Starting June 2, the National Center for Atmospheric Research is helping guide three research aircraft into Colorado thunderstorms to test how well an airborne Doppler weather radar can detect convective turbulence. The aircraft will zero in on storms from Ft. Collins to Cheyenne, Wyoming, June 2-18. (1999-06-03)

NASA mission seeks to uncover a rainfall mystery
Scientists from NASA and other organizations are on a mission to unlock the mysteries of why certain clouds produce copious amounts of rain. In a field mission that is now under way, aircraft are carrying instruments above and into rain clouds. Meanwhile scientists are also getting rainfall measurements on the ground. (2011-04-27)

New software can help people make better decisions in time-stressed situations
Human teams aided by a software system can make decisions more accurately and quickly in time-stressed situations than teams of just people, according to the Penn State researchers who developed the new software. (2005-07-29)

Surveillance vehicles take flight using alternative energy
The Office of Naval Research's (2009-04-17)

Nervous system for structures
Technical structures will soon have their own nervous system. Developers and users expect this to bring greater safety, maintenance activities only when required, and a more efficient use of material and energy. Researchers will present a demonstrator for monitoring wind turbines at the Hannover-Messe from April 21 to 25 (Hall 2, Stand C24). (2008-04-11)

Navy researchers awarded for aircraft safety system
Four Navy researchers were awarded today with the Vice Adm. Harold G. Bowen Award for Patented Inventions. They developed the embedded Terrain Awareness Warning System, which is being installed in all US Navy F/A-18 aircraft. (2005-12-15)

DVT risk from air travel unrelated to reduced air pressure in cabin
Results of a study published as a research letter in this week's issue of THE LANCET suggest that reduced air pressure (leading to decreased oxygen availability) in pressurised aircraft cabins is not associated with increased activity of the agents responsible for blood clotting and potential deep-vein thrombosis (DVT). (2003-06-26)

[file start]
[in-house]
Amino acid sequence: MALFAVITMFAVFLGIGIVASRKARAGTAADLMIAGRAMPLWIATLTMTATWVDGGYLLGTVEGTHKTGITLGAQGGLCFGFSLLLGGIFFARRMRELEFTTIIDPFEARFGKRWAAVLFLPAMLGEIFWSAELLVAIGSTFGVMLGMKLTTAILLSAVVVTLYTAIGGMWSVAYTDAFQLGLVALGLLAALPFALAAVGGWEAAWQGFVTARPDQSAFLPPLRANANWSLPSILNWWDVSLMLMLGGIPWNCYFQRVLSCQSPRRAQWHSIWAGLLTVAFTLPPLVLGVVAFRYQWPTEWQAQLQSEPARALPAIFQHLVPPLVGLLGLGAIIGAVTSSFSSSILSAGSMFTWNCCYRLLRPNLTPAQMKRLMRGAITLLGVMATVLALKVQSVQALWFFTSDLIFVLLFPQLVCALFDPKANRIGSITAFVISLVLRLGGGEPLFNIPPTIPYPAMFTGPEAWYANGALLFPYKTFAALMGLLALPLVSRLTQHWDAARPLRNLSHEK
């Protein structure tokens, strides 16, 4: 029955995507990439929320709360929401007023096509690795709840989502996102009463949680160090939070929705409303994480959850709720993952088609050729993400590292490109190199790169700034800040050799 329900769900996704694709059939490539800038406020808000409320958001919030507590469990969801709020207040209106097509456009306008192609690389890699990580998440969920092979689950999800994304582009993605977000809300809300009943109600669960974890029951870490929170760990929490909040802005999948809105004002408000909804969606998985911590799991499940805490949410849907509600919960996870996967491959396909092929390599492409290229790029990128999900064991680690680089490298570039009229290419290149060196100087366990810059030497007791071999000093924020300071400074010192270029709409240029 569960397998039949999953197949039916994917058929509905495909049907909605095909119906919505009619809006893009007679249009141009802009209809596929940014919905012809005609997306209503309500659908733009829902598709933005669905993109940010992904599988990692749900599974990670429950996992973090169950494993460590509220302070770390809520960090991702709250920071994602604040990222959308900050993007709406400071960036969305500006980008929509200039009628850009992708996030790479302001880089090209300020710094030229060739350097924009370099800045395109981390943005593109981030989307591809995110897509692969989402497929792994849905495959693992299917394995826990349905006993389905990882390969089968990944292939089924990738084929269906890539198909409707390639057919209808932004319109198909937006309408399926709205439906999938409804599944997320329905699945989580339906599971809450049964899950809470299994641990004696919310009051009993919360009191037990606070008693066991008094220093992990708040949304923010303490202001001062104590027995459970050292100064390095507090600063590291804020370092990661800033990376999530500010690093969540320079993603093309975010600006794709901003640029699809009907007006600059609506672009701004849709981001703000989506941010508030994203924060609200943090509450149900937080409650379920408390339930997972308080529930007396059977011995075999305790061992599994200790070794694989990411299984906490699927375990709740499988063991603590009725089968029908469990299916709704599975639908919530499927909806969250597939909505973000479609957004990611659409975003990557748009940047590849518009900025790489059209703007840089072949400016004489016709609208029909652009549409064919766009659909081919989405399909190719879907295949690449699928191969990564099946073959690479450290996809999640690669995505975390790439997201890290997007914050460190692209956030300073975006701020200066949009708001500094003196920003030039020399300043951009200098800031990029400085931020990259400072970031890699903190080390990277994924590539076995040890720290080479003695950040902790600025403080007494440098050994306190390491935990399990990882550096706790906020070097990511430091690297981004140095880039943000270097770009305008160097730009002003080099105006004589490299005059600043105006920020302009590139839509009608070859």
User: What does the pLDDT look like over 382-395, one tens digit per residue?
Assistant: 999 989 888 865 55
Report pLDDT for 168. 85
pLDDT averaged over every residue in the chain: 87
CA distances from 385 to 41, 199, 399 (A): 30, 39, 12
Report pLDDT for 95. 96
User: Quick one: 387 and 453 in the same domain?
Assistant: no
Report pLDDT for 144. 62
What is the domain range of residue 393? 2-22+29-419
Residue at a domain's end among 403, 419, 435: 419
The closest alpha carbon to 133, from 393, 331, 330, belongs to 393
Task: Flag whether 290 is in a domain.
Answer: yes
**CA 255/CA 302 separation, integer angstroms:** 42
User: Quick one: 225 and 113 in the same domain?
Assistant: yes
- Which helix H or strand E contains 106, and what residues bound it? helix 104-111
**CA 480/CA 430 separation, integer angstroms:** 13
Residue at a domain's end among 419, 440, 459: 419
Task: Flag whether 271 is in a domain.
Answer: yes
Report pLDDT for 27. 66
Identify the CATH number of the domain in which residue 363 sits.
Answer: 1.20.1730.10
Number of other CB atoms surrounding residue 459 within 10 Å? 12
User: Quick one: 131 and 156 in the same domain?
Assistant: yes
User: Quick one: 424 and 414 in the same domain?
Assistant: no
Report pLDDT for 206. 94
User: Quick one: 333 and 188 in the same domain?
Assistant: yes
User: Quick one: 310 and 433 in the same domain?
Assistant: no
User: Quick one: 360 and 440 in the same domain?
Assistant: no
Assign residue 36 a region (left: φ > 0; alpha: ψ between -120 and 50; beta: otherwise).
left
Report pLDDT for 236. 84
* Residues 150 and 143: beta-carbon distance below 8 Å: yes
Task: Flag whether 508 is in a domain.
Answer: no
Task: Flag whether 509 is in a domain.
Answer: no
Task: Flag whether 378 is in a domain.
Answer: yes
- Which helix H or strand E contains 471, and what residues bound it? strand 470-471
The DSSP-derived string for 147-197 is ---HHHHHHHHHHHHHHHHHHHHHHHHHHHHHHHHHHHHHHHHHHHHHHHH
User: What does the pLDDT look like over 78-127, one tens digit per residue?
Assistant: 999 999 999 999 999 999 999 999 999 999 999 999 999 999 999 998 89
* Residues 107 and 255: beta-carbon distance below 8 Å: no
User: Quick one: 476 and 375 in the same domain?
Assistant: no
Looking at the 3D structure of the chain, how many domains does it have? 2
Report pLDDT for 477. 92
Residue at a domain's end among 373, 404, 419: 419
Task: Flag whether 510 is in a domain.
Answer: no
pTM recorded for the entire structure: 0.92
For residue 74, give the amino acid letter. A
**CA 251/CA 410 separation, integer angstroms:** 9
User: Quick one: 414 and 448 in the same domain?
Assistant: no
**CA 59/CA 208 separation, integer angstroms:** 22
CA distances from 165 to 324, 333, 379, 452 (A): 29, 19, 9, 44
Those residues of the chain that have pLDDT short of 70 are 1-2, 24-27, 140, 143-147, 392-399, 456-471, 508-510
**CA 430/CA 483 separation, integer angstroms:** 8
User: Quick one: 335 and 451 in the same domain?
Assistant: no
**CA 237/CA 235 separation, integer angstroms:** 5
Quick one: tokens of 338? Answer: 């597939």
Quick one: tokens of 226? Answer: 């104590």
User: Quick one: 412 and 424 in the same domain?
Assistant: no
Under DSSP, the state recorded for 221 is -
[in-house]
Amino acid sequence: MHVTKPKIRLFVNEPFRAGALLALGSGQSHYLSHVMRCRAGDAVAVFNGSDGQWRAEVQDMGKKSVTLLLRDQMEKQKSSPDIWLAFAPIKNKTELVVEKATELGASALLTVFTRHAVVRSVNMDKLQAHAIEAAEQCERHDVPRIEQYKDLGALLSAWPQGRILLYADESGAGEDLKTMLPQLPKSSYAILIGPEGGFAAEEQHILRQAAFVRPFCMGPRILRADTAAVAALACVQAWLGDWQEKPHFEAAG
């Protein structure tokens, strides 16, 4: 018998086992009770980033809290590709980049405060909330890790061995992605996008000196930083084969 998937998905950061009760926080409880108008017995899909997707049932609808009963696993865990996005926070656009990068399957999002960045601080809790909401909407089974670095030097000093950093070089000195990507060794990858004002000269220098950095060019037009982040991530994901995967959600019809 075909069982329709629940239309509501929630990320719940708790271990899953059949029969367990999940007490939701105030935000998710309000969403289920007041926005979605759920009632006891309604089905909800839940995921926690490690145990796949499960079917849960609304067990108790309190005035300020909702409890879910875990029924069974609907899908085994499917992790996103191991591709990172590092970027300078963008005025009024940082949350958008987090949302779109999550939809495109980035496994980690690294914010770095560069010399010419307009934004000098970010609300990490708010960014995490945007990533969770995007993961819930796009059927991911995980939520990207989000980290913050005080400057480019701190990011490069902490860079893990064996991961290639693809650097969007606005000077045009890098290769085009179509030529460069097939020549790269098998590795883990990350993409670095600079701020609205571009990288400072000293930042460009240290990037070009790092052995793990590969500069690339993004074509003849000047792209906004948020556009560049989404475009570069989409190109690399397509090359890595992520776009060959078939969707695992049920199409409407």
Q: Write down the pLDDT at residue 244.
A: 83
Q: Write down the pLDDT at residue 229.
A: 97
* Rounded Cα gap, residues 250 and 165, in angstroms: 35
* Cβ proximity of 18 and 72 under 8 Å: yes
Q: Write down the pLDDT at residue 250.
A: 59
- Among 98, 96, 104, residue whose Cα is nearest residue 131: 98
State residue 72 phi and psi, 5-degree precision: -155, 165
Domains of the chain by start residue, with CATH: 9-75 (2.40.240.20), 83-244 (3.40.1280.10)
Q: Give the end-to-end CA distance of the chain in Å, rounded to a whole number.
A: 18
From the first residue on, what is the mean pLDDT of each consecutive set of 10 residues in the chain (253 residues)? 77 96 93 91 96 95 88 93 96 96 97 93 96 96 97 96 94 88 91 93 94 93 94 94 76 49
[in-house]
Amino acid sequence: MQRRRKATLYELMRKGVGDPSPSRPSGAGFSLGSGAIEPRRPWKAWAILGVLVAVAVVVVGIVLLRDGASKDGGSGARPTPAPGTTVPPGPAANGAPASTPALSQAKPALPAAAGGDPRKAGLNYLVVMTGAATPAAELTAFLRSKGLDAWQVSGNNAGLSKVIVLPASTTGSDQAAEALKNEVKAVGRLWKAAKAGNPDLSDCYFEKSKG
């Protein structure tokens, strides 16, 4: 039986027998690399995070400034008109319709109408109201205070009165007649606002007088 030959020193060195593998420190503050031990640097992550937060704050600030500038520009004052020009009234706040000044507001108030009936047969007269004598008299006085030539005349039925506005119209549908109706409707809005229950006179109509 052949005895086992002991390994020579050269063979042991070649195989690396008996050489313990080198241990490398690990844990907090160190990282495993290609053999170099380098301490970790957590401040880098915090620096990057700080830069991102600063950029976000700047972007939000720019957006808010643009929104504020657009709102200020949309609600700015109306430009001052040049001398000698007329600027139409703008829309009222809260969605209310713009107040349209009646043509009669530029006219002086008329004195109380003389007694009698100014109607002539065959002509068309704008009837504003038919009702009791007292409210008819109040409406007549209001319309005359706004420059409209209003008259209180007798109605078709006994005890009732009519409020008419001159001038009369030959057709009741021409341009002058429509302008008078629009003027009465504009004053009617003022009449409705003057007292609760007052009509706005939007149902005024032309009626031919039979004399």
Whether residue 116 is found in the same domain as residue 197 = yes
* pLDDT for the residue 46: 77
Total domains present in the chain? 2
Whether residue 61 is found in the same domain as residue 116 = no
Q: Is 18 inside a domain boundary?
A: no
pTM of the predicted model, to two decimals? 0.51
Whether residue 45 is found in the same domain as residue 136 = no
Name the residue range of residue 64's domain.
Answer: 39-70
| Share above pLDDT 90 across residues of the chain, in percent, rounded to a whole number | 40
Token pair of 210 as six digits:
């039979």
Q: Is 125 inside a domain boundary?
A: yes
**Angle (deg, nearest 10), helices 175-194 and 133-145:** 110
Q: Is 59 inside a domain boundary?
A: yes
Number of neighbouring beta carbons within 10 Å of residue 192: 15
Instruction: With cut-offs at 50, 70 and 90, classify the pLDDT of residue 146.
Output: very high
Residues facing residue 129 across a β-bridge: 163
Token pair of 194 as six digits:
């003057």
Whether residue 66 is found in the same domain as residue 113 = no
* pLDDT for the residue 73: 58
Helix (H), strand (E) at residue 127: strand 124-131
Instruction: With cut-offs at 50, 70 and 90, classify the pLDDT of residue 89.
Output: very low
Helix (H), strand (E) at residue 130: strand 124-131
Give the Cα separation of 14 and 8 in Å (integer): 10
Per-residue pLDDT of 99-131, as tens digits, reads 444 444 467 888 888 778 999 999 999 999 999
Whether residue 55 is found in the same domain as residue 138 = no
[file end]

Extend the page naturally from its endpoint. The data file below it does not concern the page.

NASA IceBridge concludes Arctic field campaign
Researchers with NASA's Operation IceBridge have completed another successful Arctic field campaign. During this campaign, researchers collected data on Arctic sea and land ice -- both repeating measurements on rapidly changing areas and expanding coverage into new, unsurveyed regions. (2014-05-28)

NASA lab's life-saving work
Some NASA missions fundamentally change the world of science or help win Nobel prizes, but only one saves thousands of lives worldwide every year. (2017-05-22)

Atlanta runs world's most fiscally efficient airport, Guangzhou boosts efficiency: UBC research
Atlanta's Hartsfield-Jackson International Airport, one of the world's busiest international airports is also the most fiscally efficient, says an aviation think-tank based at the University of British Columbia's Sauder School of Business. (2011-08-10)

Flight commemorates first explorer to reach South Pole
To commemorate the historic flight that laid the groundwork for today's United States Antarctic Program, the National Science Foundation is making available video and still images of Richard E. Byrd's flight to the South Pole on Nov. 29, 1929, and of a commemorative flight earlier this month by a modern-day LC-130 cargo plane that retraced Byrd's route. (2004-11-26)

Taking a bird's eye view could cut wildlife collisions with aircraft
Using lights to make aircraft more visible to birds could help reduce the risk of bird strikes, new research by the US Department of Agriculture has found. The study, which examined how Canada geese responded to different radio-controlled model aircraft, is the first of its kind and is published in the British Ecological Society's Journal of Applied Ecology. (2012-07-09)

DOE scientists sample the skies
This summer, scientists from the U.S. Department of Energy's (DOE) Argonne National Laboratory (ANL), Brookhaven National Laboratory (BNL), and Pacific Northwest National Laboratory (PNNL) will take to the skies above Western Pennsylvania for one month to sample the air for aerosol pollutants and evaluate their effects on Earth's climate. (2004-06-28)

Cockpit Display System Could Reduce Mid-Air Collisions
A cockpit display system being developed at Michigan Technological University would alert pilots of small planes about other aircraft in the vicinity and drastically reduce the number of mid-air collisions. (1997-04-16)